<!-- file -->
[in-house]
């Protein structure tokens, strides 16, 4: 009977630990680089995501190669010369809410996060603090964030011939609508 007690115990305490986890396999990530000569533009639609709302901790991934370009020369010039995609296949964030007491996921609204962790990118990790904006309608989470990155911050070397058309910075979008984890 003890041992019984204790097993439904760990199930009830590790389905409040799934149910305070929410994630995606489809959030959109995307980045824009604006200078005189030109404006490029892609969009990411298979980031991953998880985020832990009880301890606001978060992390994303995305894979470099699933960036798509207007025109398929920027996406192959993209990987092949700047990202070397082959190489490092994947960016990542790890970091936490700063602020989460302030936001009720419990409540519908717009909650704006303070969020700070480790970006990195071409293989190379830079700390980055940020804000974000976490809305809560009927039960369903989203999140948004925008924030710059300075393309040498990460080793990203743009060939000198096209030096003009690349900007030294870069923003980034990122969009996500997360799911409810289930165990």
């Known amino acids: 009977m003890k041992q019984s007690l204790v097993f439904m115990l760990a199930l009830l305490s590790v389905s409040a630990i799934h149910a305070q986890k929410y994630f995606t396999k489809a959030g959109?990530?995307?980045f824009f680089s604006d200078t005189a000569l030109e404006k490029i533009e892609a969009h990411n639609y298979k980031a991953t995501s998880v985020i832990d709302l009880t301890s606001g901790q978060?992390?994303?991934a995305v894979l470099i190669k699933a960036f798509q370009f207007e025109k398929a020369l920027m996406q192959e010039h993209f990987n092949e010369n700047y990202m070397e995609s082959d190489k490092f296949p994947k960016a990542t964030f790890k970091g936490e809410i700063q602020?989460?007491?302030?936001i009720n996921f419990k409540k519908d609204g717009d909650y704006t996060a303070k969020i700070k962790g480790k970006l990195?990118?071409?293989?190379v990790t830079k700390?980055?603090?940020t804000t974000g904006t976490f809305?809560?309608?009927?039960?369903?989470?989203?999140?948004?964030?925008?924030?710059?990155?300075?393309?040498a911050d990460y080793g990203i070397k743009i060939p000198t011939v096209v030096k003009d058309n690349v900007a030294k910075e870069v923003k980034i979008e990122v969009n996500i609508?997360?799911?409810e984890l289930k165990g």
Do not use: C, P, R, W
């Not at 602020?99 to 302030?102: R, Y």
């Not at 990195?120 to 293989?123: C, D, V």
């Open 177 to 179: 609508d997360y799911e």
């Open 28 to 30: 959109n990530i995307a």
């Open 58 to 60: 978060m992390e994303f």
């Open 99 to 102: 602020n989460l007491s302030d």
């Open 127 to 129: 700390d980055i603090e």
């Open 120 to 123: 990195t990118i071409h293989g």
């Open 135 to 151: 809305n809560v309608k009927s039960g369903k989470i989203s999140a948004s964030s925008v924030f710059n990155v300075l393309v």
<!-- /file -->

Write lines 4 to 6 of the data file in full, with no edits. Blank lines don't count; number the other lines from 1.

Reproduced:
Do not use: C, P, R, W
């Not at 602020?99 to 302030?102: R, Y």
């Not at 990195?120 to 293989?123: C, D, V």